Three UK launches first UK zero rated data offer

By:
James Pearce
Published on:

CK Hutchison's UK mobile arm unveils "Go Binge", which allows its customers to access Netflix, TV Player, Deezer or Soundcloud without using up their data allowances

CK Hutchison’s UK mobile arm Three has announced a new offer that will zero rate a number of content services on its network.

In what is one of the UK’s first zero rated data plans, Three customers signed up to Go Binge will be able to stream content from Netflix, TV Player, Deezer or Soundcloud without using their data allowances.

Zero rating – the practice not charging end customers for data used by specific applications or internet services – has proven controversial, with critics expressing concerns it is not in line with the principles of net neutrality.

European Union net neutrality rules, proposed by the Body of European Regulators for Electronic Communications (BEREC) last year, allow for zero rated tariffs if they meet certain conditions. A source close to Three told GTB the network was confident the tariff was within the regulations.

On the key issue of zero-rating, the guidance stressed some practices, such as accessing a customer service website to buy more data, should be allowed. This was changed from the original guidance, which banned the practice entirely, following industry feedback. 

The guidance also dictated that traffic and network management can only be used as an argument against net neutrality “under limited circumstances”. Any throttling and traffic management that interferes with or slows down services is banned.

Three’s Go Binge offer will only be available to customers who are on an eligible plan, although these customers will also be free to opt-out, a key component of making sure the offer is in line with European regulations. 

The service will provide all-you-can-eat (AYCE) streaming access to the four featured services on new Advanced Plans of 4GB and above for as long as customers have some regular data left in their monthly allowance.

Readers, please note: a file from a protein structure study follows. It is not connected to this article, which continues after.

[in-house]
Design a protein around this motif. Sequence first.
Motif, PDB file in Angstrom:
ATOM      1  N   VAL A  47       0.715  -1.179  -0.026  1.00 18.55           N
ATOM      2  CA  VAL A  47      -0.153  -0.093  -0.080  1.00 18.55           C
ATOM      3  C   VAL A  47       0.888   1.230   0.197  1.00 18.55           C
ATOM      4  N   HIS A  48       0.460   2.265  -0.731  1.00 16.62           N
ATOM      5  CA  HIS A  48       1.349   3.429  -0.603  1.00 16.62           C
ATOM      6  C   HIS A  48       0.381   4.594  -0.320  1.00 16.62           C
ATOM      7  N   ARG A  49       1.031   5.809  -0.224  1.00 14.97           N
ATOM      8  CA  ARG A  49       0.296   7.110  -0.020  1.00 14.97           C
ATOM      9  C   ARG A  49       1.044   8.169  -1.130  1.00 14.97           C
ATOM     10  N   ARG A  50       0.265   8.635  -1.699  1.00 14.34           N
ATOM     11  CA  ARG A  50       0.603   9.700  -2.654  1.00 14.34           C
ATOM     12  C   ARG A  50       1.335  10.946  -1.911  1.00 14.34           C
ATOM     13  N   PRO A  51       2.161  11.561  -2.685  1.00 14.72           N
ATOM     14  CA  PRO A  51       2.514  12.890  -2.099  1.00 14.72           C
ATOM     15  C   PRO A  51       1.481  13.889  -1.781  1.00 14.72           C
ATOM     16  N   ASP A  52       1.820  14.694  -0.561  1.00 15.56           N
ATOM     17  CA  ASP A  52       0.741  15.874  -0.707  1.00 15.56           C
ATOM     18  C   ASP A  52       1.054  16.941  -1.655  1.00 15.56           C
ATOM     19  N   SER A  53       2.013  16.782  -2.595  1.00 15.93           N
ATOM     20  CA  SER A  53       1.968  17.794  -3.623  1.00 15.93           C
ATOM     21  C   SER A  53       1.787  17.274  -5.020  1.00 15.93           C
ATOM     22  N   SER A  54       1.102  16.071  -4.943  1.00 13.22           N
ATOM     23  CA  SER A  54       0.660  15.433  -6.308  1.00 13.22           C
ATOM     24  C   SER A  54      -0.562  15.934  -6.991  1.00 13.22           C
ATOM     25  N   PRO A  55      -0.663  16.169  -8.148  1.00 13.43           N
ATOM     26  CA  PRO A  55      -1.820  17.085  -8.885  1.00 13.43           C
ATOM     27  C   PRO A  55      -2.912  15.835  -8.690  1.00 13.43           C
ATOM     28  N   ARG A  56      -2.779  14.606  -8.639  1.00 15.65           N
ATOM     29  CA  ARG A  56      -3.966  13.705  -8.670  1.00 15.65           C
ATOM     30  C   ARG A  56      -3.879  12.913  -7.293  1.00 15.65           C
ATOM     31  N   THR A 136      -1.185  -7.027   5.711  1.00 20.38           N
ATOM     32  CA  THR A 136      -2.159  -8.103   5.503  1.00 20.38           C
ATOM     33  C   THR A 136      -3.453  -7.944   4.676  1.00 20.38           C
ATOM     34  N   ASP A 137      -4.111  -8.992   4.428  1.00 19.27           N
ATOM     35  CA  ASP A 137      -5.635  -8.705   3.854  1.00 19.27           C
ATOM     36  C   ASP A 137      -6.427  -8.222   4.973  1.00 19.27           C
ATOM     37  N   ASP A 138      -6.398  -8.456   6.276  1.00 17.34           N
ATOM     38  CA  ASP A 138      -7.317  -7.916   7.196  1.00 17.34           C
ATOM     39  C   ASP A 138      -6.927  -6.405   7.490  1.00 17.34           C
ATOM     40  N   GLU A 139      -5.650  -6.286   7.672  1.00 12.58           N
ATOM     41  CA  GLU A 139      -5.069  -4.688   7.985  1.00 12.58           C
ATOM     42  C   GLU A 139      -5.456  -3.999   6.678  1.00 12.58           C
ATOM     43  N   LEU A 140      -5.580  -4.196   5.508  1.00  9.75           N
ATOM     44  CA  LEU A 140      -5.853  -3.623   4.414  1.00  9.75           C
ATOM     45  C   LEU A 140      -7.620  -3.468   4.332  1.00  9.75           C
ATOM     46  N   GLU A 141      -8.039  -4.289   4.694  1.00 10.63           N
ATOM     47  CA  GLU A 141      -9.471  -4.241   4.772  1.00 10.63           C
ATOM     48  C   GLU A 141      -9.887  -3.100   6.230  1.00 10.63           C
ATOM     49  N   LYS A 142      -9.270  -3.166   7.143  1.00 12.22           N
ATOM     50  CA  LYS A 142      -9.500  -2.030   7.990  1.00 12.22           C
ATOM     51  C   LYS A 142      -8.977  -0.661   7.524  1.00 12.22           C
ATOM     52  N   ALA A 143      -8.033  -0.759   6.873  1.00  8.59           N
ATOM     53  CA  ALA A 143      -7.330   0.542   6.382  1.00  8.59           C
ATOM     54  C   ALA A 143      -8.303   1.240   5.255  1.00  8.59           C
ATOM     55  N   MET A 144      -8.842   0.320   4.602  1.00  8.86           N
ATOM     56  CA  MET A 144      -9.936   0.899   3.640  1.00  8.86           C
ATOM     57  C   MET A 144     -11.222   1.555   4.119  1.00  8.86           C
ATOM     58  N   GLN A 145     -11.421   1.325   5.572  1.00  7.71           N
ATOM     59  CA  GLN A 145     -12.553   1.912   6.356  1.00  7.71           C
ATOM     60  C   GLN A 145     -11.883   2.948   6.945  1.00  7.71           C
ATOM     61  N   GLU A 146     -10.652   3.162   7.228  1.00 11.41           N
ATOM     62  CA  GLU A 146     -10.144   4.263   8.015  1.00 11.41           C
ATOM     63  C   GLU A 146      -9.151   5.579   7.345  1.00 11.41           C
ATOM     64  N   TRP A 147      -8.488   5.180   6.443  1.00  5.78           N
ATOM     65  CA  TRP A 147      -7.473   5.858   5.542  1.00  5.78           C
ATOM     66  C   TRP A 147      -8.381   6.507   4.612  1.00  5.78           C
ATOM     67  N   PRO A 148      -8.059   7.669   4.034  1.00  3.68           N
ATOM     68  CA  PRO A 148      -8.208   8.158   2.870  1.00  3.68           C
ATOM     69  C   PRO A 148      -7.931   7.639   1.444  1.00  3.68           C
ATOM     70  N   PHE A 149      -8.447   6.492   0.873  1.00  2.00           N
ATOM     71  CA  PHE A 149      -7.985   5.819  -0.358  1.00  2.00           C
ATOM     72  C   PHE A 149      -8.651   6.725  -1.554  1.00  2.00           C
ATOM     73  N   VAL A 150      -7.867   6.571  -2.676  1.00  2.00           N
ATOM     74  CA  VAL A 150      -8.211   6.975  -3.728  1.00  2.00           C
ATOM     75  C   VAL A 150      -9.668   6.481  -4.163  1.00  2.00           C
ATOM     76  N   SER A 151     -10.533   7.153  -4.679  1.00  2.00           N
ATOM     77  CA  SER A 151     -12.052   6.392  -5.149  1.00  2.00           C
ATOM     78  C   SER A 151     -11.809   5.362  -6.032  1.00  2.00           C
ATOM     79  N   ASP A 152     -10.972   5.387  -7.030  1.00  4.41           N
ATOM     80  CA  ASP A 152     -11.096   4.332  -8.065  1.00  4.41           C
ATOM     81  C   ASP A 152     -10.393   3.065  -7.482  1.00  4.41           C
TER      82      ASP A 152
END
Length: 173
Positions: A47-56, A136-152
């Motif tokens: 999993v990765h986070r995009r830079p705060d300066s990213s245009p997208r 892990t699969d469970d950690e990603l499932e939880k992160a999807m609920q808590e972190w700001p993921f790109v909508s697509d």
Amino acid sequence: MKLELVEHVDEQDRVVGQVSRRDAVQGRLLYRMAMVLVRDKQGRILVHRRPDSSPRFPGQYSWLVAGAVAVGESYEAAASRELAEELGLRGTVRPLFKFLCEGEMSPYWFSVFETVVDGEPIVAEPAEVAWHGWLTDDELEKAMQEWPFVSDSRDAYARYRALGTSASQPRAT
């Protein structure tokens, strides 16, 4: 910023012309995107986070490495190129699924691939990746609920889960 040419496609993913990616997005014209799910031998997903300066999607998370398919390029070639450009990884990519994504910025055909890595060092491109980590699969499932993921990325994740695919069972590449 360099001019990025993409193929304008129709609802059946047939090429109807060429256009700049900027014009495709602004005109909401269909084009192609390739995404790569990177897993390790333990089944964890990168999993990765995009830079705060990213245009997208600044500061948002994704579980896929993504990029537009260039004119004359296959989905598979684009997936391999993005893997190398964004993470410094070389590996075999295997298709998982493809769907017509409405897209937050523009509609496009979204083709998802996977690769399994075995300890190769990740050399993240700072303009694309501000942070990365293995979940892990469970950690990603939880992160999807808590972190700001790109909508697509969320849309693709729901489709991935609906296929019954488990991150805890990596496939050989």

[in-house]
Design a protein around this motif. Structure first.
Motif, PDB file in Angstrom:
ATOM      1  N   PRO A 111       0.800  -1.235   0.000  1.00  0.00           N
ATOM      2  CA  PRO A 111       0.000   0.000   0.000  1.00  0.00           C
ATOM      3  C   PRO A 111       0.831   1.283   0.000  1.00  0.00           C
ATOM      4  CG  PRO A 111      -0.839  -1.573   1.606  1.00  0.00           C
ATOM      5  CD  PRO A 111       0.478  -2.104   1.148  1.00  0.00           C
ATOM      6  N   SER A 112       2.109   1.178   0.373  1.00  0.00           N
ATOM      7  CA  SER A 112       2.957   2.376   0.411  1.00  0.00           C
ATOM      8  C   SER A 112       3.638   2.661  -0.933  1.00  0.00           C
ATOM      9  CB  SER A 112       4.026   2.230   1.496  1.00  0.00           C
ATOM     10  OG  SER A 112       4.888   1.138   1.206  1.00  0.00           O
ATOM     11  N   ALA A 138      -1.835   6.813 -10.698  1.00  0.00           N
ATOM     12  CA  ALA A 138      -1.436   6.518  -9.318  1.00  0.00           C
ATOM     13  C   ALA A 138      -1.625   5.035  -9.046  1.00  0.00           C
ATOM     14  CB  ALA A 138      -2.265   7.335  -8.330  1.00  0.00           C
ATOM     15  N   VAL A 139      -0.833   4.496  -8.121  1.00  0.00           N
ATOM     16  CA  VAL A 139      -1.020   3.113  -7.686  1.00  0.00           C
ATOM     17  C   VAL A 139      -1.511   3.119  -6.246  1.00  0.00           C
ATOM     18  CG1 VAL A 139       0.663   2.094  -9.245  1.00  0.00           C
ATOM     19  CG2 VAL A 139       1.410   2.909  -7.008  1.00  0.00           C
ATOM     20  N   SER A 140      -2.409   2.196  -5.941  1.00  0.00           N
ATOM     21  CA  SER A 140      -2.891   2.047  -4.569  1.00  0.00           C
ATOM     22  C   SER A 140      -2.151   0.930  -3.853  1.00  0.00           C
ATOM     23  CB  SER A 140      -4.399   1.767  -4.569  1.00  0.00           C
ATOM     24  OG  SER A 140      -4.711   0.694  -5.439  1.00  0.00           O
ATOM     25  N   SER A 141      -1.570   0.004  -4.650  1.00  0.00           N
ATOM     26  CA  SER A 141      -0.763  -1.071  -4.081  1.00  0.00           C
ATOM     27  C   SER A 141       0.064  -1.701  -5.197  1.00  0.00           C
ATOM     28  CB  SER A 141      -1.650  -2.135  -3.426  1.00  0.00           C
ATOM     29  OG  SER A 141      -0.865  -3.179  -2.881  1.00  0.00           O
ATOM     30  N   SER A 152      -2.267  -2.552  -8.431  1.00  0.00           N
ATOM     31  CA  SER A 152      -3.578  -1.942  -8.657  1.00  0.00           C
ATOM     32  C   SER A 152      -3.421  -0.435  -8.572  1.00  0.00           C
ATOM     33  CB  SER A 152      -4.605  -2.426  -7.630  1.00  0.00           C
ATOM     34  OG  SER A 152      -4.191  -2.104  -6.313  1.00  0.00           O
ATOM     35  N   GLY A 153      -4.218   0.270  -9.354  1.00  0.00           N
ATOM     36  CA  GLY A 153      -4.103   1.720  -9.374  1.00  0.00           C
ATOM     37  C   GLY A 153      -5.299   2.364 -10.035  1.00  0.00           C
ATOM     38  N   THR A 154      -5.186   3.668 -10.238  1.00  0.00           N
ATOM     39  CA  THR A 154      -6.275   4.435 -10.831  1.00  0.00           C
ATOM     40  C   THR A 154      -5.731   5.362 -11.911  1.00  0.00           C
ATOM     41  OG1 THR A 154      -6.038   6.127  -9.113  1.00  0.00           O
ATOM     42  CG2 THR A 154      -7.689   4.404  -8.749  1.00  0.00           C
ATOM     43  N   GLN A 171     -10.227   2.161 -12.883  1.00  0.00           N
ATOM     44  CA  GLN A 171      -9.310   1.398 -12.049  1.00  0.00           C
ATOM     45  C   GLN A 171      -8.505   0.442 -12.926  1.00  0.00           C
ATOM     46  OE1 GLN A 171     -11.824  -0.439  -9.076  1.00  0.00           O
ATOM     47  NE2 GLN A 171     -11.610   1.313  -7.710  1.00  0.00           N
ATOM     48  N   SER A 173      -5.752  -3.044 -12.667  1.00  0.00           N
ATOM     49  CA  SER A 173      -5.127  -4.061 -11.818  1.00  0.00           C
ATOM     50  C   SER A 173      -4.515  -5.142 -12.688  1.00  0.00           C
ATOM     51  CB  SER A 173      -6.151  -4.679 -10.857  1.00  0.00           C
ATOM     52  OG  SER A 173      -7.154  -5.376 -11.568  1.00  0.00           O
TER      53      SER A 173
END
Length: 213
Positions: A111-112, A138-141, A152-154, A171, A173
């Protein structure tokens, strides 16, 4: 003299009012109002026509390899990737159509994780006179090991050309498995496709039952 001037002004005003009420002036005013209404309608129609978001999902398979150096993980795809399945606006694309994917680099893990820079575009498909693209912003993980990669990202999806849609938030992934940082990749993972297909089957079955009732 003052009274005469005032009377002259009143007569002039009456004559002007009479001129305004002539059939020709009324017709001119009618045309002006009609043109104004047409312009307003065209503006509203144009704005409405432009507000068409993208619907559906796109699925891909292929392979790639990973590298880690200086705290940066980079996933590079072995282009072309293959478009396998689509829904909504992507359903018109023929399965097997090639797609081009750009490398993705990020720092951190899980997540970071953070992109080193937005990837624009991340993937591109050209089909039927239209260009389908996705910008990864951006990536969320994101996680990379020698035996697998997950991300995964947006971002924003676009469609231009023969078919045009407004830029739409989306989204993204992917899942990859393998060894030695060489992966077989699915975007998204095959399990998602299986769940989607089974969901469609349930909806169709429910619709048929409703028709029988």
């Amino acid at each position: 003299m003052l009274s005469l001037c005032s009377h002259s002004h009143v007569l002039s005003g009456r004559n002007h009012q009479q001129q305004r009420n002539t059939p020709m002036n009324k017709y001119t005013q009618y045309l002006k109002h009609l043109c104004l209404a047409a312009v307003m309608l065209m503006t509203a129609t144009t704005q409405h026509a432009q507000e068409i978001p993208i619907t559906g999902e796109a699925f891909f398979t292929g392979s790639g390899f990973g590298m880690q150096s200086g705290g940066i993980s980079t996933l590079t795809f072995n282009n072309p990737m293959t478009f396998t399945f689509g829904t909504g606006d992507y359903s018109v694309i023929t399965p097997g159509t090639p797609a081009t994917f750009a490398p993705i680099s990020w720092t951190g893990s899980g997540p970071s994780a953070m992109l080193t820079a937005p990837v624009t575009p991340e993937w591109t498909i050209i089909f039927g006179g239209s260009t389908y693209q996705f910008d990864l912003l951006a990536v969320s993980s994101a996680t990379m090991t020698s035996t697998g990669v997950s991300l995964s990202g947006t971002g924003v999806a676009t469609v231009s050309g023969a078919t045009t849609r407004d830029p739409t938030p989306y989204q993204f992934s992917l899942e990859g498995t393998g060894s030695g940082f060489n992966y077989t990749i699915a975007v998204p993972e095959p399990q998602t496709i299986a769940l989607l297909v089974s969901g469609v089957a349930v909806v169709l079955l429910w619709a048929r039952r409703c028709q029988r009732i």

Three said it has released the new tariff to meet an “explosion” of binge-watching and content streaming. A poll carried out by the operator found that one in five Brits say binge-watching is the only way they watch a TV series, with 40% worried about streaming on the go due to the demand on data allowances.

Dave Dyson, Chief Executive at Three, said: “We know that from our extensive insight that bingeing on content has become part of everyday life, yet people have been unable to do that on the go as much as they’d like due to fears of exceeding data limits.

“It’s my ambition to unlock any restrictions that stop consumers from enjoying their mobiles and using them to do the things they love. With Go Binge we are the first network in the UK to give people the freedom to use their data to stream their favourite shows and music without any boundaries and without worrying about restrictive data allowances and charges.”

GTB understands that Three has held discussions with a number of other content providers about signing up to the scheme, although these were not disclosed as they are commercially sensitive.

The package is reminiscent of similar services that have been launched in other markets. T-Mobile US, for example, offers a service called BingeOn, which allows video streaming without using data. This was given the thumbs up by the Federal Communications Commission, despite AT&T and Verizon both previously facing investigations over their own zero rated deals. These investigations have now been canned as FCC chair Ajit Pai seeks to repeal net neutrality rules introduced by his predecessor.

Another Deutsche Telekom-owned op-co, T-Mobile Netherlands, also offers a zero-rated product, giving users the ability to stream music without using their data allowances. This drew the ire of The Dutch Authority for Consumer and Market which ordered the operator to suspend the service.

DCM also imposed a fine of €50,000 but T-Mobile took the case to the courts in Rotterdam, which found that zero rated services are allowed by European net neutrality rules.

It is yet to be seen how UK regulators will interpret the rule regarding Three’s new offer, but given the ruling from the Dutch court, it may be that the offer goes unchallenged.

One other concern raised was the impact it might have on Three’s other offers; namely its unlimited data package. A Three source assured GTB that it has no plans to ditch this package, instead offering the new Go Binge tariff alongside existing plans.